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Cities are facing climate change. Urban areas are warming up. Storm water overflow is contaminating beaches, bays, rivers and lakes. Development continues to encroach on the natural environment.
Green roofs (or “eco-roofs”) provide a simple, practical solution to all these problems. Green roofs are an engineered, lightweight roofing system that supports plants. Green roof technology has been popular in Europe for 30 years, and is used in some North American cities including New York, Chicago, Toronto, and Portland, Oregon. But green roof technology is not well known in most of the United States and hardly at all in San Diego.
I planted San Diego’s first occupied commercial green roof at my own business in Kearny Mesa this past March. Green roofs offer a number of benefits both to the environment, and to the businesses and residences that install them. Green roofs can prevent water pollution, lower energy use, lower ambient air temperatures, combating the urban heat island effect, clean the air and add oxygen, mitigate the loss of environment, and extend the lifespan of the roof by two or three times.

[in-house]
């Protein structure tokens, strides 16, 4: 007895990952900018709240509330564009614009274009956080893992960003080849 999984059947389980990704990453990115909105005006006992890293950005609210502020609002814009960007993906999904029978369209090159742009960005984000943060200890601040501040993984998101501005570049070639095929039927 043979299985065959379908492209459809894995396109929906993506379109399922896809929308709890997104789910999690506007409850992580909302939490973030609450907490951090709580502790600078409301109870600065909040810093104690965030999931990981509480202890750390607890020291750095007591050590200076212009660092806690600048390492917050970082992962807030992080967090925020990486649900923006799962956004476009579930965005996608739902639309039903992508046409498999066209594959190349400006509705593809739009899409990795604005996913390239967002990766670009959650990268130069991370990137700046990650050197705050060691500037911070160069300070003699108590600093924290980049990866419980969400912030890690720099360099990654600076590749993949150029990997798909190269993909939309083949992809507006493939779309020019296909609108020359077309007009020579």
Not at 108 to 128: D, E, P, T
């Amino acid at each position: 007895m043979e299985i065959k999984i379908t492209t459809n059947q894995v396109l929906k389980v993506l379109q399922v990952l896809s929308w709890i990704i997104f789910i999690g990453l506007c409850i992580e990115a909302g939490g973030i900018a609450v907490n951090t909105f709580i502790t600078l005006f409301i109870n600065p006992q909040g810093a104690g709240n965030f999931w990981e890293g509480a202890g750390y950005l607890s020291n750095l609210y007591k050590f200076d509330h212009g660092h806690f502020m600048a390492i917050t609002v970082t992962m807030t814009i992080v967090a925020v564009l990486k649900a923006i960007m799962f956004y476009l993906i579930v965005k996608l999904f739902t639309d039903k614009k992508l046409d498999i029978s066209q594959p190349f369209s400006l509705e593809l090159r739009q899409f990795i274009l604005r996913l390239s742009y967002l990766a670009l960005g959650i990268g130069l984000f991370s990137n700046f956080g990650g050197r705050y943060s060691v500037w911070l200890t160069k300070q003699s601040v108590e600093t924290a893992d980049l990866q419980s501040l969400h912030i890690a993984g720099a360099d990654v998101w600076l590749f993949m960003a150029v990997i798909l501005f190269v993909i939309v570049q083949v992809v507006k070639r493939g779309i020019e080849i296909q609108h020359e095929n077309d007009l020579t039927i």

Perhaps the biggest benefit to avid gardeners is that green roofs provide found space, a place to garden where none previously existed, especially in urban environments.
Why can’t we bring this technology to San Diego and the Western United States and make green roofs successful here? While you might think San Diego provides a perfect environment, our lack of rainfall means we have the challenge of successfully establishing a green roof in an arid region while mitigating the need for excessive irrigation.
So I’m doing in the hard way, with Southern California native plants for lower water use and maximum environmental benefits. They are planted in 20 yards of custom blended growth media which is spread across the roof to a depth of four inches.
The cost of an installed green roof is approximately $10 to $25 per square foot. Ours cost roughly $24,000, including a new roof (which was about half the cost). While green roofs typically require a greater initial investment, it is important to keep in mind that they can extend the life of the roof by decades and reduce the heating and cooling costs of your building.
But the real bottom line is this: we have to start getting serious about ways to improve our environment and reverse some of the damage we’ve done. When you have children like I do, you start thinking about what we’re going to leave behind for the next generation. A lot of people talk about it. I’m committed to creating public policy changes that will drive the market for green roof technology in the western United States.
— JIM MUMFORD